Sunday, August 1, 2010

Identifying problem areas

Initial activity idea

Activity: To trigger off initial thoughts, I could show them some slides or put up some charts with of what it takes to be clean and healthy. What are things one must do in order to use the available resources like water, not waste it, yet maintain personal and public hygiene?

The quick presentation I showed them to trigger off a discussion

I want to make flash cards that each have one icon related to health or hygiene. I will show them those cards and they can raise their hand to tell me how many of them actually follow those practices that are essential. Then, we can go around the campus and stick these cards in the places they belong in. (Hand washing with soap near their tank, boiling water before drinking near the pots they store water in, etc.)

The flash cards that we stuck up in campus

Inference: Through this, I might get to know how much these children know about the water touch-points, how much it actually affects their lives and what they are willing to do about it as well as what they feel is ‘ideal’ and how much we can actually cater to actually fulfilling that. They will also be introduced to basic health and sanitation.


> Some of these things will be new to them

> Seeing the flash cards and placing them in context might make them change their mind about some of these practices

> They will be curios and ask me questions related to the same.

> They will be able to link these to the practices in their school and homes


I began the presentation right after their lunch break. They were excited to see the presentation because of the novelty of the laptop, but already seem to know about what they need to follow in terms of health and hygiene, like many of us do! This was just to trigger off thoughts in their heads and act as a preamble to the artifacts they were going to be introduced to. The flash cards had two sides- the practice on one side and what one might miss, on the other. For example, it is not enough just to wash one’s hands. One needs to do so with soap. So, I asked them how many of them washed their hands just then, before lunch and all of them raised their hands. Then I asked how many of them had washed with soap, and they started laughing and put all their hands down. Similarly they store water collected from the open wells in covered matkas, but do not boil it before drinking. They were almost surprised when I said we must boil our water to remove the germs. Similarly, the do not have washrooms in school. The girls go in a big group behind the greenery to the right side of the school and the boys go out to the road and they do not wash their hands after. The washrooms in school are only for the staff! I told them about the importance of using the washrooms and to take a bucket of water while they go and wash their hands with soap after they are done (to make this easier for them, we made small hand-washing devices with soap strips attached to them so that they could take it out with them wherever they were going to pee). After this was done, we identified places in their school where these practices fit in and stuck the cards there so that each time they see it, they might just follow some of those practices. The staff and the teachers also came with us and saw us stick the flash cards.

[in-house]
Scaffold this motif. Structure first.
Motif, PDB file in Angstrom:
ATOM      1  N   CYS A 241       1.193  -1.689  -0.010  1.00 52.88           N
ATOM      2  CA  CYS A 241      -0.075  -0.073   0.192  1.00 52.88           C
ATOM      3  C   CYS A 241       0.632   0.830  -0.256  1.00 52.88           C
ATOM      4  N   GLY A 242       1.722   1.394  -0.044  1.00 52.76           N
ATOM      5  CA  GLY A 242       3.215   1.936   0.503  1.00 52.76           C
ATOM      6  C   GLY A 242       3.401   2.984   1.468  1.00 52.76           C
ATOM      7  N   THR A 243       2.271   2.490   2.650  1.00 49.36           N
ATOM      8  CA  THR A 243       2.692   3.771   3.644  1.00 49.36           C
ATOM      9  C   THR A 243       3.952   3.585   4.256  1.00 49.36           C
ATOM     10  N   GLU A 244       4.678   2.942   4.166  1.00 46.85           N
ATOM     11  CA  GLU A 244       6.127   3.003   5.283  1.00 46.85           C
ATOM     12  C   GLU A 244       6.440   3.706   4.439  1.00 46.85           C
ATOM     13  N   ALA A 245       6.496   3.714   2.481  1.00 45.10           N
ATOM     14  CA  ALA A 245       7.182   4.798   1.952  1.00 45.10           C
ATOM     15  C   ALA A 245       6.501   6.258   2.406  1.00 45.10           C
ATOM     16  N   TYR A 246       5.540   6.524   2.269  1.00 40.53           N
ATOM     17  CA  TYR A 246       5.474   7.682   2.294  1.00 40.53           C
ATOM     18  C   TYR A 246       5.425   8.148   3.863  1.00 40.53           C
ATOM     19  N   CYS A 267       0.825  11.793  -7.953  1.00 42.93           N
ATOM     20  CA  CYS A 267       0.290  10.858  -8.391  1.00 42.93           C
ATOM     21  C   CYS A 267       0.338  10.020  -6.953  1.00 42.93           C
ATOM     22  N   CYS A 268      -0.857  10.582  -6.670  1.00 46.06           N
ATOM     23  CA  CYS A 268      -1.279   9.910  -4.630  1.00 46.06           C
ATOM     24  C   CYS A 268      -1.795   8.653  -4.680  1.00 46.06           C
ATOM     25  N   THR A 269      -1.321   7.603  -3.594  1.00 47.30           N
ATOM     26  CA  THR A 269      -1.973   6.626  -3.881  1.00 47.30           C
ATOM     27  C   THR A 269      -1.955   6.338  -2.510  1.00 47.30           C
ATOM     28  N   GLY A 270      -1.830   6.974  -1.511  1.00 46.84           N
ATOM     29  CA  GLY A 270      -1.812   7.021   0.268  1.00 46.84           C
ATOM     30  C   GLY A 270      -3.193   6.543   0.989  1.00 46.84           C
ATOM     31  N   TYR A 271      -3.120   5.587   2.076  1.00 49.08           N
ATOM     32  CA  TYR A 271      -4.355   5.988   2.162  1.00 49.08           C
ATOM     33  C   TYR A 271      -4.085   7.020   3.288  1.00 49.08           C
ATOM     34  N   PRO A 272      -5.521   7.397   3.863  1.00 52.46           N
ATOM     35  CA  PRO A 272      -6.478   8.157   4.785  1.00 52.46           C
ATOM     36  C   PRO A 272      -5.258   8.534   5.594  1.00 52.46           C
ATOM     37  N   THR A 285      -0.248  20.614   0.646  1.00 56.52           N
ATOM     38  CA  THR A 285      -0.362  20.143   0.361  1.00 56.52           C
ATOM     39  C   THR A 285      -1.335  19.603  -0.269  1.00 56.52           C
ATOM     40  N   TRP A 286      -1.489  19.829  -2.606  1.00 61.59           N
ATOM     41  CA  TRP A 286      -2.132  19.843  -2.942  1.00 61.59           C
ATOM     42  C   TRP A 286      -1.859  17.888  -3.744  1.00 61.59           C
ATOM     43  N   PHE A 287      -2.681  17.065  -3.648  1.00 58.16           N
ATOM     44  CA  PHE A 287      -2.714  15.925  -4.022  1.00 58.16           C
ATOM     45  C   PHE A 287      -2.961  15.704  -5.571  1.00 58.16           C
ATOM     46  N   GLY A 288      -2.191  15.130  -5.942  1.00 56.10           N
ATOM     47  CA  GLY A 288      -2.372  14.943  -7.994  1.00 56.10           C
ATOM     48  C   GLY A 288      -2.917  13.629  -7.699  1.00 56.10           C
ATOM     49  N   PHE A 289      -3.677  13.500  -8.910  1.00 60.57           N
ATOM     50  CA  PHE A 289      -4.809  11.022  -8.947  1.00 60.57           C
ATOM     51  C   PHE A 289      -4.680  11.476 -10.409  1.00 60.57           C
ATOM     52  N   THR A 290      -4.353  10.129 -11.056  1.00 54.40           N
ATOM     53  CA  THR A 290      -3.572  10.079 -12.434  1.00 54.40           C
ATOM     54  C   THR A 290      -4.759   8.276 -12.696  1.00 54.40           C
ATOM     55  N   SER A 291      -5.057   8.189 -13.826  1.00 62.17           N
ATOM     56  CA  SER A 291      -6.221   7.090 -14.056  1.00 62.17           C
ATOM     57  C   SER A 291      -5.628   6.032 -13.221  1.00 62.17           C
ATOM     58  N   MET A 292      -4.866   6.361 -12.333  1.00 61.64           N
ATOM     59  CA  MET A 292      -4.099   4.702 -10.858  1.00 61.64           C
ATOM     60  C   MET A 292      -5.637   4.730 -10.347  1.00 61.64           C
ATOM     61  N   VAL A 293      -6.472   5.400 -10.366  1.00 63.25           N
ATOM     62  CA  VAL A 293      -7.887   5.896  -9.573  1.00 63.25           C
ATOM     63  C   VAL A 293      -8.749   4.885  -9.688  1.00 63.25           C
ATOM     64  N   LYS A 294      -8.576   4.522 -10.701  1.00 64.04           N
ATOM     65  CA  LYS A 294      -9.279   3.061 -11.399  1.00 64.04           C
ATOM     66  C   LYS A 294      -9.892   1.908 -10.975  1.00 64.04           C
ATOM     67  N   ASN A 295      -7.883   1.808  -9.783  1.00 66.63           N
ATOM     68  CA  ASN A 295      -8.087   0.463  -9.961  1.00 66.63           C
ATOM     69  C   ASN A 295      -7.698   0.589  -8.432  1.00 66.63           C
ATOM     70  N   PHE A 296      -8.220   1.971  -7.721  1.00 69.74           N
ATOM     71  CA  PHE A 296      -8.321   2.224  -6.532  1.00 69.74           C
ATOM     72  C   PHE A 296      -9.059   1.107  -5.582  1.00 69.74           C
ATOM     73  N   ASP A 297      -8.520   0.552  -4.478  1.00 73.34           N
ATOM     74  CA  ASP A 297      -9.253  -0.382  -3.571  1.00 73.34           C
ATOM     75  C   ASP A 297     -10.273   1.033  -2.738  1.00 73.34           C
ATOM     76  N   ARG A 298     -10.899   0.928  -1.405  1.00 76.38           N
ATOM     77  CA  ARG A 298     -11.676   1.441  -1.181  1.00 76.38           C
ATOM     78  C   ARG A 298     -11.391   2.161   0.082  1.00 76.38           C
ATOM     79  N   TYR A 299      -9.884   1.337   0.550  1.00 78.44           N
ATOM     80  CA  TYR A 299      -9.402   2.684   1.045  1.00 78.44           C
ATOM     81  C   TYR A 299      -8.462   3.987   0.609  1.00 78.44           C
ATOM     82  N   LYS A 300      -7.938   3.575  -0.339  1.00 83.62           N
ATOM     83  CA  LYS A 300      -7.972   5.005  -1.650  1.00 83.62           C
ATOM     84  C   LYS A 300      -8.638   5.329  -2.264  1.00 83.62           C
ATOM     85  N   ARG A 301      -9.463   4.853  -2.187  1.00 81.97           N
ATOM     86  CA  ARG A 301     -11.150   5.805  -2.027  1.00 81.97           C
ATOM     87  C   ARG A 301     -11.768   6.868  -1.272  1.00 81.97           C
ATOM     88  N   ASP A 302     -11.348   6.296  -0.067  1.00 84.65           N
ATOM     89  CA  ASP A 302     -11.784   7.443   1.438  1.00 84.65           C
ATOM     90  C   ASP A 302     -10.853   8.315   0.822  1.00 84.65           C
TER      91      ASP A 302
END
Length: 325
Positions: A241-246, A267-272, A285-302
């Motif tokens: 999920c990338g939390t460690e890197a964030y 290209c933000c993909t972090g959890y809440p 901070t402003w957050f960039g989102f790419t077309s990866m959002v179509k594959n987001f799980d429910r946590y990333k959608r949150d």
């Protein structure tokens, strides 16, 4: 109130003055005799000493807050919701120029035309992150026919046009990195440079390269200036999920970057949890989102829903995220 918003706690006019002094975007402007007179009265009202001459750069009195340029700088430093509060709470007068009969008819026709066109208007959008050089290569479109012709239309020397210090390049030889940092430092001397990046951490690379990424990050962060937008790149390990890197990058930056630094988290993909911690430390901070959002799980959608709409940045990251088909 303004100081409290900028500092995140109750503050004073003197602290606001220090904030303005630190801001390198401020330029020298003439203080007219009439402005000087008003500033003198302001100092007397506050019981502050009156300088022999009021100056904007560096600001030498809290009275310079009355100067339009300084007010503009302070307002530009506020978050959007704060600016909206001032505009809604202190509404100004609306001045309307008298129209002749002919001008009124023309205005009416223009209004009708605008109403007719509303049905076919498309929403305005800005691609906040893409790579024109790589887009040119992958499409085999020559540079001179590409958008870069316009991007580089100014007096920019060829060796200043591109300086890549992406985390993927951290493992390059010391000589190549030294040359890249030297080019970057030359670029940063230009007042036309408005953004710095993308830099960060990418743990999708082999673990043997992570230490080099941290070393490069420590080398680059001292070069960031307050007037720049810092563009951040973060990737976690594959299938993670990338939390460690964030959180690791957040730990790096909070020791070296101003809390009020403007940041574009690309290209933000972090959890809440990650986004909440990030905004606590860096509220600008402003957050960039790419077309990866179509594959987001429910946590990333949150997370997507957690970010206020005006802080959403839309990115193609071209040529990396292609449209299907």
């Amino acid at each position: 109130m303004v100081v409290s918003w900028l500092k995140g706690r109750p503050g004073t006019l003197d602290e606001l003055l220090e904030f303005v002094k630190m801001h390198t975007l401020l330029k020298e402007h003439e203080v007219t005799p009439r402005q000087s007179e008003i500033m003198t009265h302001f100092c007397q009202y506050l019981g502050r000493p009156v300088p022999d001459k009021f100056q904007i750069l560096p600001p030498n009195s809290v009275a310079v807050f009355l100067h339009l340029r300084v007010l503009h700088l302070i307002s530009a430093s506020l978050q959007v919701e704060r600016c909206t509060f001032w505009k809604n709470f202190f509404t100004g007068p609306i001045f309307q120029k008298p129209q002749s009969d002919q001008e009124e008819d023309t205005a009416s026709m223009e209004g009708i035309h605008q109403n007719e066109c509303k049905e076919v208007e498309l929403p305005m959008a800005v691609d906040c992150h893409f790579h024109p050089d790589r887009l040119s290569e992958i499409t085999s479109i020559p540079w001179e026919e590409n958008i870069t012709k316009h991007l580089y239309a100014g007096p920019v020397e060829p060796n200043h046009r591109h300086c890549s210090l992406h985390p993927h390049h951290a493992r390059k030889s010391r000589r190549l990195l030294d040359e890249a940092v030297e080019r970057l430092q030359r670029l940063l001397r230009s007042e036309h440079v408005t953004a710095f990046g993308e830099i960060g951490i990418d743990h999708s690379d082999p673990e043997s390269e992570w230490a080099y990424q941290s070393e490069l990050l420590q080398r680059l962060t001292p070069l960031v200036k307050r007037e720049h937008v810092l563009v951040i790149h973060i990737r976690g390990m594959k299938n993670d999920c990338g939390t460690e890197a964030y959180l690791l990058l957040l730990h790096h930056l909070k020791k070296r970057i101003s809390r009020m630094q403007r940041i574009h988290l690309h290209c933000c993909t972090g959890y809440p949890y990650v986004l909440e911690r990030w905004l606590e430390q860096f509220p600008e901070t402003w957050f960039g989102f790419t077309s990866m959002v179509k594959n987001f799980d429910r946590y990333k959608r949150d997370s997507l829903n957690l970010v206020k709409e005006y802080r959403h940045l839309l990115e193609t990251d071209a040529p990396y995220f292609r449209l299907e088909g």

Chowdamma sticking the washing hands and soap card on the tank in school where they wash their hands

Putting up the boiling water card outside the school kitchen and the collect rainwater on the class door.

They assured me that they would stick it on the tank when its built in their school next month!


> Most of them know the facts

> They are more excited about the practical aspect of learning

> They were able to link the practices I was talking about, to the ones they follow in school and at home. They were able to question it. Only things like bathrooms and toilets needs administrative level support, but smaller things like boiling, filtering and washing hands- they can do themselves

> They enjoyed going out on a tour of the school and fighting over who would stick the cards in the appropriate places. It was almost like a treasure hunt. They decided that the one who was able to correctly state what the card talked about and identified the place would be the one to go stick it up.

1 comment:

zenrainman said...

more and more interesting. How does the role of fluoride kick in?
Can they now identify dental fluorosis and the cause?
Can we get them to use rainwater in their household level tanks for drinking?